Whatever thoughts you might have on the album Frank Ocean released last night, it seems doubtful that Ah yes, just as expected is among them. For one thing, the album’s not really an album: It’s the score to a 45-minute black-and-white video of Frank using power tools to build a staircase. As a couple of interludes subtitled “Ambience” suggest, the music isn’t the sort of thing you can focus on. Endless is a loose creation, a patchwork quilt of themes, genres, and tones with little to unite them beyond the fact that Frank Ocean says it’s all one thing: The album is, effectively, a mixtape soldered to a video cut to the same duration of time.
How to talk about it, then? (Metaphors will only carry you so far, especially in music writing.) Let’s say that Endless is not a collection of the sort that could be meaningfully assessed in a standard review format — it’s too scattered and impressionistic to withstand the eye of objective scrutiny. Far better to play along with the thing; if it’s little more than an odds-and-ends collection, why not review it in an odds-and-ends format? Here’s a laundry list of fleeting takes regarding a fleeting (but beautiful) series of songs.
1. Song length
There aren’t any hard and fast rules as to what a standard track length is in the pop/R&B business, but it’s still safe to say that, given the general tempo and verse-chorus structure, most clock in somewhere between three and a half and five minutes. Of the 18 tracks on Endless, exactly one falls within that range. Eleven tracks are less than two minutes long; the longest, last track “Higgs” is over nine minutes. It’s certainly not the case that Frank can’t do a “normal” song; he started out as an industry songwriter, after all, and on the second track, a cover of the Isley Brothers’ “At Your Best (You Are Love),” he pulls out all the stops to show how comfortable and creative he is within the form. But sketches, jam sessions, scraps, and slices of life are what’s on offer afterward, make of them what one will.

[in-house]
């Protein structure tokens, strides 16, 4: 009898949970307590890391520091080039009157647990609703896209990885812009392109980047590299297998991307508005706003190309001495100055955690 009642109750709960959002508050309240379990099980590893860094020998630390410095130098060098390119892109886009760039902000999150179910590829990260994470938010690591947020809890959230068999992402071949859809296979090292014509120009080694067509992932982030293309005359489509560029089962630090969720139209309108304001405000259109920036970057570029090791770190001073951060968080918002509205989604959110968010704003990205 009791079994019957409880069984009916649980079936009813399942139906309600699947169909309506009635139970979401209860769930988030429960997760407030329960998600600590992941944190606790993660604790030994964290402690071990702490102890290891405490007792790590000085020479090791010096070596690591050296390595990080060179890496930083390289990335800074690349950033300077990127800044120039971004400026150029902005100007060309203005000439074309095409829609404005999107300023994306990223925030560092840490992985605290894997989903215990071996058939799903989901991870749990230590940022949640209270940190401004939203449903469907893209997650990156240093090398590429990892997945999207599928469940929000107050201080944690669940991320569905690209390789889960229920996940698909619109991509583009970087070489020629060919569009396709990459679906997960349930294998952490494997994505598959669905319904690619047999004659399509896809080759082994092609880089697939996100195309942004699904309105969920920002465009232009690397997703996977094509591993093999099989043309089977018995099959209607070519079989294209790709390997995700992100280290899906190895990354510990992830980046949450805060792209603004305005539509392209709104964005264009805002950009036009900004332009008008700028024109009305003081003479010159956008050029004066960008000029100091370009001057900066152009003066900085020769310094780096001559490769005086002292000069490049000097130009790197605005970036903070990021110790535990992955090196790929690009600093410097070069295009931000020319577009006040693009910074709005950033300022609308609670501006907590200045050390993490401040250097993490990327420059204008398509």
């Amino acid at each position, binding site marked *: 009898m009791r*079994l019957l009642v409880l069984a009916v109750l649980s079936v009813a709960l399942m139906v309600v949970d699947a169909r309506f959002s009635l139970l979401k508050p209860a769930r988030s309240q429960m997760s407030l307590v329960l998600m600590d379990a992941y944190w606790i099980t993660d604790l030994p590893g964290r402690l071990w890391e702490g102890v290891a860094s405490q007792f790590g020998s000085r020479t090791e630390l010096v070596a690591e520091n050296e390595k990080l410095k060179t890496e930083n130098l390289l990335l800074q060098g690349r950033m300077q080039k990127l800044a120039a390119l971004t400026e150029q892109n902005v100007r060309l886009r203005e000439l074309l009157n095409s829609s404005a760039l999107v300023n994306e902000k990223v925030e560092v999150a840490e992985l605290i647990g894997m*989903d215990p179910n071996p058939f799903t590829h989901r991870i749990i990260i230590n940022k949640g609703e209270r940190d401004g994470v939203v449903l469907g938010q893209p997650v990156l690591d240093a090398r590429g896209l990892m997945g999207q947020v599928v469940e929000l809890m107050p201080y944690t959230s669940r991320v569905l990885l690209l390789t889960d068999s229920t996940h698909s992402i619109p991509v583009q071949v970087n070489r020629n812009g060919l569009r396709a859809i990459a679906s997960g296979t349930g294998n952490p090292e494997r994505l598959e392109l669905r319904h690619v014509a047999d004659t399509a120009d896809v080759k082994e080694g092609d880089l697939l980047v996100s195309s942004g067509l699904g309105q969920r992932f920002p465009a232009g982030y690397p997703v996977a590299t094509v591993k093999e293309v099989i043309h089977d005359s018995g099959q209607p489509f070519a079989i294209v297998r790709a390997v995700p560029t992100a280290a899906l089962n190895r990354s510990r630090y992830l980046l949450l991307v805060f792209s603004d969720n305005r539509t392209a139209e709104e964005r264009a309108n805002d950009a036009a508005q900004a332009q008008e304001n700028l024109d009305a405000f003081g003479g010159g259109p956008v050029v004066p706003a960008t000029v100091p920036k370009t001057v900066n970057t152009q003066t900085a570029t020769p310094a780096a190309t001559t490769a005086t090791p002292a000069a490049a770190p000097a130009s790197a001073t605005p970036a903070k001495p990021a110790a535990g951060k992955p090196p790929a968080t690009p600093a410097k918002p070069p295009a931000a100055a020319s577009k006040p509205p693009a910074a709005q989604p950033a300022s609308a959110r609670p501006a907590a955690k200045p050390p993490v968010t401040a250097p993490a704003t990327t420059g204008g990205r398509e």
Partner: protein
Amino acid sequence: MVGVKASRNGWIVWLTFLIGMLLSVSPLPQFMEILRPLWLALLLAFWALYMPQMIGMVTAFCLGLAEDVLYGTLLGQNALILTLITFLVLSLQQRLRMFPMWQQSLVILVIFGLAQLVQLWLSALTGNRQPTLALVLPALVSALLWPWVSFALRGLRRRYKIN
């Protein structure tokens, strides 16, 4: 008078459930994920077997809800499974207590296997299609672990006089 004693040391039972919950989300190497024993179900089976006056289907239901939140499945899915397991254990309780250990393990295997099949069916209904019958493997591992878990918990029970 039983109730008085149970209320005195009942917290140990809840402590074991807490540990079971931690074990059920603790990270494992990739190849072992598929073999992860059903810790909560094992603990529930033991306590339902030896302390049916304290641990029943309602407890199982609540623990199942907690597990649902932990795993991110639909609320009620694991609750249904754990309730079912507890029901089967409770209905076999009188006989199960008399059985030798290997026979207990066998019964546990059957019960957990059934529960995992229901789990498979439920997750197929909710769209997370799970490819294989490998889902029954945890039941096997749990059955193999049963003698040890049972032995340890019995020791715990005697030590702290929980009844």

Categorically speaking, just about nothing holds the tracks on Endless together. There’s the R&B cover mentioned above, some tracks where Frank raps, others where he sing-raps, songs that sound like rock without the rock and roll, shoals of electronic atmosphere. There’s plenty of guitar work, all of it lovely and none of it easily linked to any genre. The only things that last are Frank’s voice and the masterful ease with which he dips in and out of disparate musical zones. If the genres of pop music were squares on a chessboard, Frank Ocean would be conducting a knight’s tour.
Love, honor, and memory, with dashes of commentary on consumerism and technology. As he often does, Frank touches on devastated landscapes (“Wither”), old relationships (“Comme des Garcons”), and old homes (“Alabama”), but he’s hardly organizing his predilections into a concept album on Endless. As the woodworking video suggests, he’s more interested in the creative process than the creative product. He’d rather be the palette than the painting — at least on this album.
“Feelings come, feelings go”: that’s about as clear of a mission statement as you’ll get from Frank on Endless. The transience of relationships and emotions seems to strike him with especial poignancy; the inability to grasp things with any constancy inspires in him a boundless (endless?) melancholy which constantly weighs on his voice. He rarely considers what he has in the moment without considering how much he’ll have to lose — really, if he weren’t so stylish, this whole Frank Ocean experience would be pretty depressing.
Perhaps the most precise way to view Endless is as a daydream: a collection of perceptions which flow into one another with minimal to no connection. The only permanent figure is the daydreamer and even the most specific of longings is indefinite, prepared to take on or let go of another object.
4. Technology, again
It’s clear that the daydreamer’s mentality on display in Endless has no small degree of similarity with that of a waking life spent perusing and diffusing bits of online media. And of course Frank has made a pact with Apple to put out Endless and its companion album. I don’t think he’s being super-sarcastic by ending Endless with a rambling repetitive series of promotions of electronic devices by Apple and Sony and Samsung recited over a techno beat. It’s more as if he’s baffled by the prospect of what’s to come from the confluence of his private, audiovisual lifestream and the tiresome, turbulent livestreams of self, currency, and hype enabled by swift digital communication. He’s always maintained a demeanor of mellow melancholia, but the HD-crazy world works actively against that. Can he fight it and still keep his cool? Endless doesn’t offer much guidance in this regard, but we’ll know more once the other thing (a “real” album?) comes out this weekend.